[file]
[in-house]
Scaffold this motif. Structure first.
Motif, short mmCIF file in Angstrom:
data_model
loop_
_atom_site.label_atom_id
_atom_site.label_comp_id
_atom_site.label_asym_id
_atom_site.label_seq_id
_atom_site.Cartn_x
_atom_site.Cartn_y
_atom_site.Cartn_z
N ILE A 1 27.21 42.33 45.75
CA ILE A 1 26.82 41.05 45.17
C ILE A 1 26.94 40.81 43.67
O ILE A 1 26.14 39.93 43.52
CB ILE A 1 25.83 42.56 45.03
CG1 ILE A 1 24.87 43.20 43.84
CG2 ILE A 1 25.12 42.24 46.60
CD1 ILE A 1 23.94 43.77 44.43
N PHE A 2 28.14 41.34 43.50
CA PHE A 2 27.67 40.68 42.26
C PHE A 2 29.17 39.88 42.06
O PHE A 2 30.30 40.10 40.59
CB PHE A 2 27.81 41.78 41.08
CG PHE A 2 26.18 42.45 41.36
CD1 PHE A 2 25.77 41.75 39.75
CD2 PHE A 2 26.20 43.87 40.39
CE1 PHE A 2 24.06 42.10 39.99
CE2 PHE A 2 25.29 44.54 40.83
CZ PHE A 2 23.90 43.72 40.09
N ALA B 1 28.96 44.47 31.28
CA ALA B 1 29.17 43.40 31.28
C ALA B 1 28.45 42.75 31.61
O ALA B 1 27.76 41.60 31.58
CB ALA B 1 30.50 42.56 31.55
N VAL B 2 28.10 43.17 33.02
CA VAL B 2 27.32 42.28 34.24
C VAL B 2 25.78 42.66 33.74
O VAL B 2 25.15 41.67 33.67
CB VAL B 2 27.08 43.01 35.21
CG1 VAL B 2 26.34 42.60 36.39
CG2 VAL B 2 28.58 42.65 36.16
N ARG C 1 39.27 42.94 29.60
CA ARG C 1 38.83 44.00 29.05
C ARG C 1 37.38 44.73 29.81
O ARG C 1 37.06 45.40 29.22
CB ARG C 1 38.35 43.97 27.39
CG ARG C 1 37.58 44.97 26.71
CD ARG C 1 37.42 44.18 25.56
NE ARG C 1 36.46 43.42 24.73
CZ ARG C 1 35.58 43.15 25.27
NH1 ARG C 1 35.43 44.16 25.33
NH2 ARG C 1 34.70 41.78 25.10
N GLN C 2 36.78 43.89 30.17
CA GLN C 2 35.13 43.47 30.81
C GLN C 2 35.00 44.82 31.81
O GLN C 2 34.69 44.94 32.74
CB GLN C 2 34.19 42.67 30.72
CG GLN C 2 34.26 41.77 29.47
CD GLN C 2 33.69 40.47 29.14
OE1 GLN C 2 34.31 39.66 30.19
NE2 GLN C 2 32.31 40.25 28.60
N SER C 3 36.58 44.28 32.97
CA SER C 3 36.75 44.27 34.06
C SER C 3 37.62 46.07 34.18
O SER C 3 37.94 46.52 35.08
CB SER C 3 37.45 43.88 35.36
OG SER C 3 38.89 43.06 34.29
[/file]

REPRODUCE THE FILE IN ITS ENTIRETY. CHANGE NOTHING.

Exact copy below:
[in-house]
Scaffold this motif. Structure first.
Motif, short mmCIF file in Angstrom:
data_model
loop_
_atom_site.label_atom_id
_atom_site.label_comp_id
_atom_site.label_asym_id
_atom_site.label_seq_id
_atom_site.Cartn_x
_atom_site.Cartn_y
_atom_site.Cartn_z
N ILE A 1 27.21 42.33 45.75
CA ILE A 1 26.82 41.05 45.17
C ILE A 1 26.94 40.81 43.67
O ILE A 1 26.14 39.93 43.52
CB ILE A 1 25.83 42.56 45.03
CG1 ILE A 1 24.87 43.20 43.84
CG2 ILE A 1 25.12 42.24 46.60
CD1 ILE A 1 23.94 43.77 44.43
N PHE A 2 28.14 41.34 43.50
CA PHE A 2 27.67 40.68 42.26
C PHE A 2 29.17 39.88 42.06
O PHE A 2 30.30 40.10 40.59
CB PHE A 2 27.81 41.78 41.08
CG PHE A 2 26.18 42.45 41.36
CD1 PHE A 2 25.77 41.75 39.75
CD2 PHE A 2 26.20 43.87 40.39
CE1 PHE A 2 24.06 42.10 39.99
CE2 PHE A 2 25.29 44.54 40.83
CZ PHE A 2 23.90 43.72 40.09
N ALA B 1 28.96 44.47 31.28
CA ALA B 1 29.17 43.40 31.28
C ALA B 1 28.45 42.75 31.61
O ALA B 1 27.76 41.60 31.58
CB ALA B 1 30.50 42.56 31.55
N VAL B 2 28.10 43.17 33.02
CA VAL B 2 27.32 42.28 34.24
C VAL B 2 25.78 42.66 33.74
O VAL B 2 25.15 41.67 33.67
CB VAL B 2 27.08 43.01 35.21
CG1 VAL B 2 26.34 42.60 36.39
CG2 VAL B 2 28.58 42.65 36.16
N ARG C 1 39.27 42.94 29.60
CA ARG C 1 38.83 44.00 29.05
C ARG C 1 37.38 44.73 29.81
O ARG C 1 37.06 45.40 29.22
CB ARG C 1 38.35 43.97 27.39
CG ARG C 1 37.58 44.97 26.71
CD ARG C 1 37.42 44.18 25.56
NE ARG C 1 36.46 43.42 24.73
CZ ARG C 1 35.58 43.15 25.27
NH1 ARG C 1 35.43 44.16 25.33
NH2 ARG C 1 34.70 41.78 25.10
N GLN C 2 36.78 43.89 30.17
CA GLN C 2 35.13 43.47 30.81
C GLN C 2 35.00 44.82 31.81
O GLN C 2 34.69 44.94 32.74
CB GLN C 2 34.19 42.67 30.72
CG GLN C 2 34.26 41.77 29.47
CD GLN C 2 33.69 40.47 29.14
OE1 GLN C 2 34.31 39.66 30.19
NE2 GLN C 2 32.31 40.25 28.60
N SER C 3 36.58 44.28 32.97
CA SER C 3 36.75 44.27 34.06
C SER C 3 37.62 46.07 34.18
O SER C 3 37.94 46.52 35.08
CB SER C 3 37.45 43.88 35.36
OG SER C 3 38.89 43.06 34.29